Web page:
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Hands-on History at Biscayne National Park’s Family Fun Fest

March 27, 2013 in Connecting People to Parks

Family Fun Fest is an award-winning free public program held on the second Sunday of every month from December through April since 2001. Each month, a different aspect of the park’s diverse resources is highlighted at five hands-on activity stations located around the Dante Fascell Visitor Center at Convoy Point headquarters. At least one Family Fun Fest program each year ties primarily into Biscayne’s history and includes themes such as shipwrecks and maritime history, the Jones family, wreckers, pirates, Native Americans, and pioneer settlers.

In years where we did not have an entire event about history, we incorporated into other themes, which predominantly concentrated on fostering understanding of and connections with the National Park Service and its mission. Examples of these themed activities include America’s Best Idea (2010), This Land is Your Land (2007), and Experience Your America (2004).

Biscayne National Park also routinely ties historically-themed programs into offsite opportunities such as Dade Heritage Days, which successfully reach out to new audiences.

For more information and to see how you can get involved, visit the Family Fun Fest page on the BISC website:


Unleashing Citizen Science

September 19, 2012 in Connecting People to Parks

In an address to the national park community at the University of Texas at Austin in October 2007, Dr. John Fitzpatrick, the director of the Cornell Lab of Ornithology, spoke about the power of using citizen science to better interpret and conserve the earth’s biological diversity. Dr. Fitzpatrick shared technological innovations that allowed his Lab to take data submitted by an army of thousands and thousands of people and turn it into graphical representations of nature unfolding on a global scale. Although people of all generations and backgrounds may find excitement in exploring their own backyards, the true promise of citizen science may be in fostering curiosity and engagement in youth. As Dr. Fitzpatrick noted, “six year olds love asking questions. They can actually help answer them now.”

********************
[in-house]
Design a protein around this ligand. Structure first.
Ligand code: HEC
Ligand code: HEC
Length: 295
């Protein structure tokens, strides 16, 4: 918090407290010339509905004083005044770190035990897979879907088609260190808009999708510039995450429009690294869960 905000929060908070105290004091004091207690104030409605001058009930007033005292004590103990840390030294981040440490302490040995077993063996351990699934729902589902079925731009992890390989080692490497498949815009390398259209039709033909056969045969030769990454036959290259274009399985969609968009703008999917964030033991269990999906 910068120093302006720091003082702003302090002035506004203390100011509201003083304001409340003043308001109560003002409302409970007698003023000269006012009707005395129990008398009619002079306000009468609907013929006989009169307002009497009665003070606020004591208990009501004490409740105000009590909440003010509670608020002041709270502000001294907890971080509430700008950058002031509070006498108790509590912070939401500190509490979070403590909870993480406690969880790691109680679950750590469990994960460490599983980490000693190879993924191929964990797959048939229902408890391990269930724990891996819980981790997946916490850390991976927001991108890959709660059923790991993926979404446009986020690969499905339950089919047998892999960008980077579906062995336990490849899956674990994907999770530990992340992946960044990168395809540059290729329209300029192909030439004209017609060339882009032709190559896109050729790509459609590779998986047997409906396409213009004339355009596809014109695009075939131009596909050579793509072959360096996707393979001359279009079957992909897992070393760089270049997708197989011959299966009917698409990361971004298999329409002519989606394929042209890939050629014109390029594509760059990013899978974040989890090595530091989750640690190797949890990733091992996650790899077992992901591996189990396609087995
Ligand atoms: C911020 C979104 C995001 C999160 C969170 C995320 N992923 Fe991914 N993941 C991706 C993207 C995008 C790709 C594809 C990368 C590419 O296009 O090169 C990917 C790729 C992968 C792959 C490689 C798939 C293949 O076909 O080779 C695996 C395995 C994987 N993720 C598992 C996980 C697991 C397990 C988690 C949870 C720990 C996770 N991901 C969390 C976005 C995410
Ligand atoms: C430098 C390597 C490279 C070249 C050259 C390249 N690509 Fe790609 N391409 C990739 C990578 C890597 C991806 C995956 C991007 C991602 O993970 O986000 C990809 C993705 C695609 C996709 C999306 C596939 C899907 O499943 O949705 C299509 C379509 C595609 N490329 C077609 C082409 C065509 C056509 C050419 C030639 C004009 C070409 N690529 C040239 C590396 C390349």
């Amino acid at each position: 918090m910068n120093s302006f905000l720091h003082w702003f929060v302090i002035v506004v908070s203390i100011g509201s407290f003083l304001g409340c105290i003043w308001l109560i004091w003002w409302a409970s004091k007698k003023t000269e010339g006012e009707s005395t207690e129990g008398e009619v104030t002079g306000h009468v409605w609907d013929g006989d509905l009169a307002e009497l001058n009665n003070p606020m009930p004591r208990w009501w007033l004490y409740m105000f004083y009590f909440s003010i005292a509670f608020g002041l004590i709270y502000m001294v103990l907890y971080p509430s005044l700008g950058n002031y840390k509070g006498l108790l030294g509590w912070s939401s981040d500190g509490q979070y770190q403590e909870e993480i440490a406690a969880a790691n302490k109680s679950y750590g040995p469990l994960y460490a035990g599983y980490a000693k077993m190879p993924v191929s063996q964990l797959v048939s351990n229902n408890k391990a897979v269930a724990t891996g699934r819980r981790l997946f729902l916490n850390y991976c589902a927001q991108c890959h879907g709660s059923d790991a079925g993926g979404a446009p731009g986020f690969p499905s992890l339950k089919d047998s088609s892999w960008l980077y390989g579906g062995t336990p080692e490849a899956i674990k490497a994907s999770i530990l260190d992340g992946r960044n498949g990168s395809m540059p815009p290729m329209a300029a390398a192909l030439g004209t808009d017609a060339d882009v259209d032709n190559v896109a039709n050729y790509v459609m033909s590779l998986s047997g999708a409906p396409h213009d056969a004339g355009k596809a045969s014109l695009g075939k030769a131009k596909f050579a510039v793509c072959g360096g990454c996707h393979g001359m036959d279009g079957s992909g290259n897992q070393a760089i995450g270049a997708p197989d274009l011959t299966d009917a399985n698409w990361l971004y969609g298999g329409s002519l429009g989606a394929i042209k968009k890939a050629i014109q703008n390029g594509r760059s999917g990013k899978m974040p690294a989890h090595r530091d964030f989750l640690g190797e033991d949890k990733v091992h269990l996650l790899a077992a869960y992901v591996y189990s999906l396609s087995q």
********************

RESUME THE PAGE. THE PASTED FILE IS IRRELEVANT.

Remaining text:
In recent years, citizen science has found eager practitioners in the National Park Service – and partners have been integral to its success. The annual BioBlitz is a robust partnership from the National Park Service and the National Geographic Society, engaging thousands of students in a 24 hour investigation that captures a park’s biodiversity in a moment in time. At last year’s Bioblitz in Saguaro National Park, the Friends of Saguaro National Park raised nearly $120,000 to improve the park’s communications, transportation and equipment to prepare for and conduct the event. Every Board member participated by leading hikes and volunteering on wilderness experiences with participating middle school and high school students. The National Park Foundation’s Parks Climate Challenge program recently funded a program by the Great Smoky Mountains Institute at Tremont where teachers learned about opportunities to engage students in citizen science projects in the park and in their own backyard. A sixth grade glass from Gatlinburg, Tennessee participated in a project monitoring salamander diversity at Great Smoky Mountains and then developed a project to monitor 22 trees on their school grounds.

With opportunities building, the NPS laid a marker in the release of A Call to Action and recognized the importance of creating “a new generation of citizen scientists and future stewards of our parks by conducting fun, engaging, and educational biodiversity discovery activities in at least 100 national parks, including at least five urban parks.”

As the NPS and its partners continue to collaborate on growing citizen science projects within individual parks, they may also begin to think about how to use citizen science to achieve others goals related to technology and large landscape conservation. How might increases in web-based park technology increase opportunities for young park visitors to add to our scientific knowledge of the parks? How can NPS and partner efforts to preserve large landscapes be informed by citizen science that works inside and outside of park boundaries to inform the choices made by managers?